Four Nights in Knaresborough
Paul Webb's play has been paired with the Octagon's last production of David Halliwell's Little Malcolm's Struggle Against the Eunuchs in a mini-series entitled "Men Behaving Badly". Both plays focus on the behaviour of four men and the influence of one woman on them, but they are set nearly eight hundred years apart.
The four knights in Four Nights are based on the real killers of Thomas Becket in 1171 who spent a year holed up together at Knaresborough Castle after Becket's death. It is a waiting play, like Stoppard's Rosencrantz and Guildenstern Are Dead or, of course, Beckett's (the other one) Waiting For Godot, where instead of developing a plot, the action of the play consists of a sequence of events that happen between the characters while they wait for something to happen over which they have no control. Many of these events are beautifully polished set pieces that are often very funny, such as the moment when Traci (Matthew Rixon) overcomes his constipation or the removal of Brito's (Ben Hull) aching tooth with a huge pair of pliers, accompanied by an agonising crack when the tooth breaks. There are also some more serious stories, such as Fitz (Graham McTavish) and Traci's secret homosexuality and past relationship with one another and Morville (Marshall Griffin) and Brito's love for the same woman, Catherine (Laura Richmond).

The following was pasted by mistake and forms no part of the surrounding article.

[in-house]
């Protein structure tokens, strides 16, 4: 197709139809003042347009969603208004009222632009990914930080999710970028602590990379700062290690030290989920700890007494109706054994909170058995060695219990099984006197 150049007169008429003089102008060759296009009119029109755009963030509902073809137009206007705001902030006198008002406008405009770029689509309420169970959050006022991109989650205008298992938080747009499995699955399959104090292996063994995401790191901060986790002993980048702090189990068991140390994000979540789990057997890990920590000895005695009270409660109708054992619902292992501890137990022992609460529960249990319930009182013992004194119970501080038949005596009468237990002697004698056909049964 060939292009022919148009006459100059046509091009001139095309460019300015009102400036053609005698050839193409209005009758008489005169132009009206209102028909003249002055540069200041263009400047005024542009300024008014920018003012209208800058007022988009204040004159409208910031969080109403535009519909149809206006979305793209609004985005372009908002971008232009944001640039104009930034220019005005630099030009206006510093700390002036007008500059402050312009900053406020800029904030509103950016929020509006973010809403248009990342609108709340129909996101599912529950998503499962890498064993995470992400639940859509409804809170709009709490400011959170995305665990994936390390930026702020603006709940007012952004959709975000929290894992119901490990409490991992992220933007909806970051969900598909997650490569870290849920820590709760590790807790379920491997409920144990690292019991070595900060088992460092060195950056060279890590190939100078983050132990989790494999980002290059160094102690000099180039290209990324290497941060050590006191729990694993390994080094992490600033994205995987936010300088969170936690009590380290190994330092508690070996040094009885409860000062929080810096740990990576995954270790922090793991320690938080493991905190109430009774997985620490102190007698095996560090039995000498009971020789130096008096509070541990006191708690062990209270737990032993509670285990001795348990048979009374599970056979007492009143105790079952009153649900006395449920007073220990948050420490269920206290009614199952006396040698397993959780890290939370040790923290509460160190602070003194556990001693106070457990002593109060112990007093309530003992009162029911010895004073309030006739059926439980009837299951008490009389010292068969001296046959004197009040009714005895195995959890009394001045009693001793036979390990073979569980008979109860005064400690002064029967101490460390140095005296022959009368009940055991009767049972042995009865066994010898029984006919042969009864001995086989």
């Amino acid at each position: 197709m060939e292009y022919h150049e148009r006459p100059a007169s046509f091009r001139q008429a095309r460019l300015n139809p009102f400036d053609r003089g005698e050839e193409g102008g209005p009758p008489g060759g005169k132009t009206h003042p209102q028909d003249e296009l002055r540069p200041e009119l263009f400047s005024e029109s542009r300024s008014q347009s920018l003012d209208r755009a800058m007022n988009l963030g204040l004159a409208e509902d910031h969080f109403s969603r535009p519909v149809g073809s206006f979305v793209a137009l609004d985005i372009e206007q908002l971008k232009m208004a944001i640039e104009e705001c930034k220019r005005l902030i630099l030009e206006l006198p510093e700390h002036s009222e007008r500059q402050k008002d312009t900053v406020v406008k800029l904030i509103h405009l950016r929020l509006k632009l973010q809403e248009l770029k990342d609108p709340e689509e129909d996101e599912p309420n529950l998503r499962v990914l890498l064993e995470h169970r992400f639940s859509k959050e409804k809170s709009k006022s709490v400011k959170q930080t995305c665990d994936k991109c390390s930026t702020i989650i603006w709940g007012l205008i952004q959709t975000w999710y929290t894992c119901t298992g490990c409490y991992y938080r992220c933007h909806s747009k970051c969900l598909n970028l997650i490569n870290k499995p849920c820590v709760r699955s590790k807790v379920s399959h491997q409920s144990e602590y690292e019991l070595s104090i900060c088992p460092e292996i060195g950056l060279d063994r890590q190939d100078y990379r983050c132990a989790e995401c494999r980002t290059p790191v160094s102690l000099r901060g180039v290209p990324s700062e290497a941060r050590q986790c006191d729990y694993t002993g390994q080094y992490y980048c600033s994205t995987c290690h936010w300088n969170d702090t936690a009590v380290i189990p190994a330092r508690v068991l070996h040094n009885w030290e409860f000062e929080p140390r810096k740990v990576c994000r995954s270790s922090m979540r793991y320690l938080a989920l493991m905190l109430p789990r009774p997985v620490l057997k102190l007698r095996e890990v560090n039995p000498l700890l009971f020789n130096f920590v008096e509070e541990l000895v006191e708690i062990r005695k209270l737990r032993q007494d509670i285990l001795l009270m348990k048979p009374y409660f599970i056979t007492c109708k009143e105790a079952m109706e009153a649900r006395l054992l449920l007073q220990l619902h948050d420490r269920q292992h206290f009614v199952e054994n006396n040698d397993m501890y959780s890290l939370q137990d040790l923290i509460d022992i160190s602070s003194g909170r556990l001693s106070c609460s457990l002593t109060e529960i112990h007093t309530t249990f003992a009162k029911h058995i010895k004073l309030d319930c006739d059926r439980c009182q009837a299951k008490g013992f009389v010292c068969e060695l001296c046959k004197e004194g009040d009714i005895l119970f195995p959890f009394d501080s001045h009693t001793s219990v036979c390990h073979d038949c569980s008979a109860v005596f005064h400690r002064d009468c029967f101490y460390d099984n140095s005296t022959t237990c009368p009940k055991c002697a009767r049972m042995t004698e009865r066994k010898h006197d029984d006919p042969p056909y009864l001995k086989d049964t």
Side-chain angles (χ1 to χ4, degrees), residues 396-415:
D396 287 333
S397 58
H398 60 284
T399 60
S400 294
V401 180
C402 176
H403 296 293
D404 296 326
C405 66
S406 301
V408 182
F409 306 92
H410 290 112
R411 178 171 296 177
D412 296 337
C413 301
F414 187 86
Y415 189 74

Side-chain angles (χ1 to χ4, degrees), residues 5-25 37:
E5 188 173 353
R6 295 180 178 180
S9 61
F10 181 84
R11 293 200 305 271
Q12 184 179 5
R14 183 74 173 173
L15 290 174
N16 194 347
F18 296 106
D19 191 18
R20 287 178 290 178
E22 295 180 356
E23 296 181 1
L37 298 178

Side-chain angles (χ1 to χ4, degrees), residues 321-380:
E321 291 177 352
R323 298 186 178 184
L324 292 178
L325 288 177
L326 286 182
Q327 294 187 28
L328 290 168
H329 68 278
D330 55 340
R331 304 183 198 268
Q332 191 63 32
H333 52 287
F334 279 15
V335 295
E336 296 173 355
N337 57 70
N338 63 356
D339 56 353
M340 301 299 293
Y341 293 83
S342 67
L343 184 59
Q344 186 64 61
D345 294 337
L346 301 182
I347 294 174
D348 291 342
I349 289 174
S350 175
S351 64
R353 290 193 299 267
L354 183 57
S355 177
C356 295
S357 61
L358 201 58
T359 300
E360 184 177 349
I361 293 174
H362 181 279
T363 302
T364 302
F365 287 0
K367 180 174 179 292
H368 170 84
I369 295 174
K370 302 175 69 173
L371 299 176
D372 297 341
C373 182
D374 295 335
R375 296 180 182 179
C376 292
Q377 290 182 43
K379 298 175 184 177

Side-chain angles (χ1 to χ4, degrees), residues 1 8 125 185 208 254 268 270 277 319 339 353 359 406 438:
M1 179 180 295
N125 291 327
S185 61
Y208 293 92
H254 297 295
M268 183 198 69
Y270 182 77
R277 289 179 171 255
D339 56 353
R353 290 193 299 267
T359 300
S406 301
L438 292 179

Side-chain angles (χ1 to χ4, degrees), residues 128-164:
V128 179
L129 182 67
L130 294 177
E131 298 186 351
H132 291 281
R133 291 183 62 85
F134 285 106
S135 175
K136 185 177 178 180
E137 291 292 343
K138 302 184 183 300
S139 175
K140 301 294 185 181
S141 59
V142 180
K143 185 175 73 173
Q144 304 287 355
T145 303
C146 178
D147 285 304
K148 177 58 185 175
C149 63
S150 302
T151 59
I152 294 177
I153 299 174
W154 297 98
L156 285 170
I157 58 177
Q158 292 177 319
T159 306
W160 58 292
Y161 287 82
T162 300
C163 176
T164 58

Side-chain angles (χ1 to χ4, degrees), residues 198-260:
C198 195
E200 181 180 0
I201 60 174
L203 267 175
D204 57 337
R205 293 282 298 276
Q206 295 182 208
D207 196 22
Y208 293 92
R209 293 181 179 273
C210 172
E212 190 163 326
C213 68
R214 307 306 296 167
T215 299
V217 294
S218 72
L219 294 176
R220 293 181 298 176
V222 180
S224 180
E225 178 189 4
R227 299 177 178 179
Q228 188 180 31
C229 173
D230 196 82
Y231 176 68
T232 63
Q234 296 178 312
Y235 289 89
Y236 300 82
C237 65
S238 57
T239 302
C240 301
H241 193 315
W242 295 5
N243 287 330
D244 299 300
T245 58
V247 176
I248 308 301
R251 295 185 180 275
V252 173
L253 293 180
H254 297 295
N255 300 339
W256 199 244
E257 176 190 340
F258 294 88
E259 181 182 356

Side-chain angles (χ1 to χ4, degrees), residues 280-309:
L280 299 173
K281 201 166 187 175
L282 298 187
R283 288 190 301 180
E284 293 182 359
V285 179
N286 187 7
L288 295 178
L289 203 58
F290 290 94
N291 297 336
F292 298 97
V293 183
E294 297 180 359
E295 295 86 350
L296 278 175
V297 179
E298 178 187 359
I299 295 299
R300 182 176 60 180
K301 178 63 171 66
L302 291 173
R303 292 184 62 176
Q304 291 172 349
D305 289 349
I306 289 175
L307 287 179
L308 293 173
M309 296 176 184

The dialogue is in a modern style, but the historical information surrounding the death of Becket suggests that the play has been well researched and the developments from the facts seem plausible. Richard Foxton's set and costume designs suggest the medieval setting nicely without being hampered by too much historical accuracy. The ensemble acting is excellent, including from Christopher Wright who plays a number of characters, most of whom get killed.
At two hours ten minutes plus an interval, this is quite long for a play without any real plot to follow. However it still manages to be very entertaining, funny and thought provoking with slick direction from Mark Babych.
Four Nights In Knaresborough runs until 27th March 2004
Reviewer: David Chadderton